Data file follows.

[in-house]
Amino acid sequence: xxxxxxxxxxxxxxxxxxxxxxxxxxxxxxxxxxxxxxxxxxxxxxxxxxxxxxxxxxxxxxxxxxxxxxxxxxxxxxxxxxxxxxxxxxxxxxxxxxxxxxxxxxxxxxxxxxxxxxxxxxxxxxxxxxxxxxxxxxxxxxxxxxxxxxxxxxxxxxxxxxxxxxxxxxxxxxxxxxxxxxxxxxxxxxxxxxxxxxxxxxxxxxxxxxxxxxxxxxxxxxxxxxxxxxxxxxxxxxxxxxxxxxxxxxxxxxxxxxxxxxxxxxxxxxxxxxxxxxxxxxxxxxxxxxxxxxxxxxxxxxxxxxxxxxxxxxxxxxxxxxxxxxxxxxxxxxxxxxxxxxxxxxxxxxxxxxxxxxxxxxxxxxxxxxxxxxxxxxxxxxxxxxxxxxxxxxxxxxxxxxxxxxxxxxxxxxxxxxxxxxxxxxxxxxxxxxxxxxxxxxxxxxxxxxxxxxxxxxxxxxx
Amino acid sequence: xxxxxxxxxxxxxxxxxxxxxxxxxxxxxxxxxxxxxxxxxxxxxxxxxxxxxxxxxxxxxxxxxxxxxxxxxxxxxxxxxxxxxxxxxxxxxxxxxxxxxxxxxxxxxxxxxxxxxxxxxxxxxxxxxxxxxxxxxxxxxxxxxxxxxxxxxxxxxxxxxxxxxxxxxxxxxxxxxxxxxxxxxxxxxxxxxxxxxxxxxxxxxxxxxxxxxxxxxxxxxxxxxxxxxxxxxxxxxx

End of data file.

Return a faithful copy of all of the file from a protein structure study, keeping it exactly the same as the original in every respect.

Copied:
[in-house]
Amino acid sequence: xxxxxxxxxxxxxxxxxxxxxxxxxxxxxxxxxxxxxxxxxxxxxxxxxxxxxxxxxxxxxxxxxxxxxxxxxxxxxxxxxxxxxxxxxxxxxxxxxxxxxxxxxxxxxxxxxxxxxxxxxxxxxxxxxxxxxxxxxxxxxxxxxxxxxxxxxxxxxxxxxxxxxxxxxxxxxxxxxxxxxxxxxxxxxxxxxxxxxxxxxxxxxxxxxxxxxxxxxxxxxxxxxxxxxxxxxxxxxxxxxxxxxxxxxxxxxxxxxxxxxxxxxxxxxxxxxxxxxxxxxxxxxxxxxxxxxxxxxxxxxxxxxxxxxxxxxxxxxxxxxxxxxxxxxxxxxxxxxxxxxxxxxxxxxxxxxxxxxxxxxxxxxxxxxxxxxxxxxxxxxxxxxxxxxxxxxxxxxxxxxxxxxxxxxxxxxxxxxxxxxxxxxxxxxxxxxxxxxxxxxxxxxxxxxxxxxxxxxxxxxxx
Amino acid sequence: xxxxxxxxxxxxxxxxxxxxxxxxxxxxxxxxxxxxxxxxxxxxxxxxxxxxxxxxxxxxxxxxxxxxxxxxxxxxxxxxxxxxxxxxxxxxxxxxxxxxxxxxxxxxxxxxxxxxxxxxxxxxxxxxxxxxxxxxxxxxxxxxxxxxxxxxxxxxxxxxxxxxxxxxxxxxxxxxxxxxxxxxxxxxxxxxxxxxxxxxxxxxxxxxxxxxxxxxxxxxxxxxxxxxxxxxxxxxxx